Titanium Machining Tips for Enhanced Production

If your goal is to make parts out of metal, then titanium machining, using CNC precision equipment will offer you with a number of exciting possibilities for creating complex parts and intricate designs.

CNC titanium machining today makes it possible to exact measurements that are precise and which enhances the safety and use of parts that are used a great deal in the aerospace field and industry. Alloys made of titanium and aluminum is used to manufacture structural components for a variety of aircraft designs.

Many Aircraft Designs Now Rely on Titanium

However, aircraft parts suppliers that once machined a good deal of aluminum are finding that titanium machining is a preferred production method. The newer designs of aircraft today are necessitating the use of titanium as a metal in their engines and operational controls.

Stability is Important during Tooling

Engineers and machining operators then are finding that processing the metal for a part can be made easier if one focuses on the stability during the process of tooling. The initial tool, tool holder, column, spindle, fixture, and work pieces all need to be stabilized during the operation.

Checking the Heat Dissipation

Other important considerations that need to be made during the process include measuring the coolant pressure and volume as well as coolant delivery. It is essential that machining operators be cognizant of heat dissipation when machining the metal.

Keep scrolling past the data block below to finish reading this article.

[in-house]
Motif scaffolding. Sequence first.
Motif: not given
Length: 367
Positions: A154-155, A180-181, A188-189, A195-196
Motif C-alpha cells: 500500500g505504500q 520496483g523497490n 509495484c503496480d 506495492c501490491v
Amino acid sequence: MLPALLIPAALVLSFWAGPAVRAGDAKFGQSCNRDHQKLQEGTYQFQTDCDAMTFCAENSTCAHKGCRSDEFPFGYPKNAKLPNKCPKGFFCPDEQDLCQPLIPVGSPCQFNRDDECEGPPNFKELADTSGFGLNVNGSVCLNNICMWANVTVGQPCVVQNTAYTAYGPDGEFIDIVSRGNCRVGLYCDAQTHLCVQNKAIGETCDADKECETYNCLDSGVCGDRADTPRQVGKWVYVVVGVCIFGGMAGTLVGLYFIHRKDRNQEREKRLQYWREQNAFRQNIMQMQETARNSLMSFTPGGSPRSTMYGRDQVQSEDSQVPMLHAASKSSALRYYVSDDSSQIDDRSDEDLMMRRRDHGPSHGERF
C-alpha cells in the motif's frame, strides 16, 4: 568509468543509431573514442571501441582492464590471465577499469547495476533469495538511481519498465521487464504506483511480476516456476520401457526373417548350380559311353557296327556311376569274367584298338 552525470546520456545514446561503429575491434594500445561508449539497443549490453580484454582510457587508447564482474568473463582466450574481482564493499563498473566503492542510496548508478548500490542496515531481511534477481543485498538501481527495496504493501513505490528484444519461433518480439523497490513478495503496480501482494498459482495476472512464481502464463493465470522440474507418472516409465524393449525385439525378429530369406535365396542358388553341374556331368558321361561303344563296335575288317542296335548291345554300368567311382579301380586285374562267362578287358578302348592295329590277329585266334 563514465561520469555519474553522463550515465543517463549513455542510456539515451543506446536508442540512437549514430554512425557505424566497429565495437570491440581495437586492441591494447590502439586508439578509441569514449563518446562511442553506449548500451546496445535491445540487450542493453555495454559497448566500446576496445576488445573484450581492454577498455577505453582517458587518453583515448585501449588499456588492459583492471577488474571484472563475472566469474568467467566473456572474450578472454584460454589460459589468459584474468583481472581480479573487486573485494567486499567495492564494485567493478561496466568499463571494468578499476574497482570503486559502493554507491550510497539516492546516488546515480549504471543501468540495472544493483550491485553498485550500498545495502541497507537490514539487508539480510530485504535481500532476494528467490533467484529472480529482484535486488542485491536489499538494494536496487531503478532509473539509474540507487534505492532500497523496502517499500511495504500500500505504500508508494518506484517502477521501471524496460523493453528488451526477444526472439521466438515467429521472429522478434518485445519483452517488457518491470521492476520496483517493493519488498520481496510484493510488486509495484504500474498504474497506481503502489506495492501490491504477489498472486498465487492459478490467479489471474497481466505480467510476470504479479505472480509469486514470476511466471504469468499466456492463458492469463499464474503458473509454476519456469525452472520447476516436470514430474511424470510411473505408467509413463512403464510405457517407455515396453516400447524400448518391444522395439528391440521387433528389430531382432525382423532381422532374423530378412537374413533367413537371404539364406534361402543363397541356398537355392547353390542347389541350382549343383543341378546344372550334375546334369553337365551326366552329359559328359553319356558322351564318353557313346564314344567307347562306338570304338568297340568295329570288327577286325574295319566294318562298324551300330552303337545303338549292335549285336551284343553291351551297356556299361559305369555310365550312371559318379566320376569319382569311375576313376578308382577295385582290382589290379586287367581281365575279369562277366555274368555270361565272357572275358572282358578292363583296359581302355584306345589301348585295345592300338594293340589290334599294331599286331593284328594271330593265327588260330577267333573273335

During the machining process, very little of the generated heat is ejected with the chip. Instead, a large amount of the heat goes into the tool. As a result, titanium machining involves keeping the radial engagement low to manage the surface speed.

Reducing Engagement

In other words, by reducing the radial engagement, you will also lessen the amount of time the cutting edge manufactures heat, thereby permitting more time for the edge to cool before entering another rotation. The radial engagement is reduced and the surface speed is enhanced, all which maintains an even temperature while cutting.

Machining titanium may also use endmills that feature four or six flutes. When milling the metal, however, a more efficient number may be ten or more. By increasing the flute number, you also compensate for a lower feed requirement per tooth. Because productive machining favors a lower radial depth, a higher flute endmill capacity increases the speed of processing.

During titanium machining, a sharp edge used for cutting minimizes the forces that are generated while cutting the material. However, you also want to make sure that the edge is resilient enough to resist the pressure that is made during the operation.

Therefore, it is important for the machining operator to depend on secondary relief in this respect. Looking at tools with varying secondary-relief forms may uncover some unanticipated changes in tool life, or cutting performance overall.

 

 

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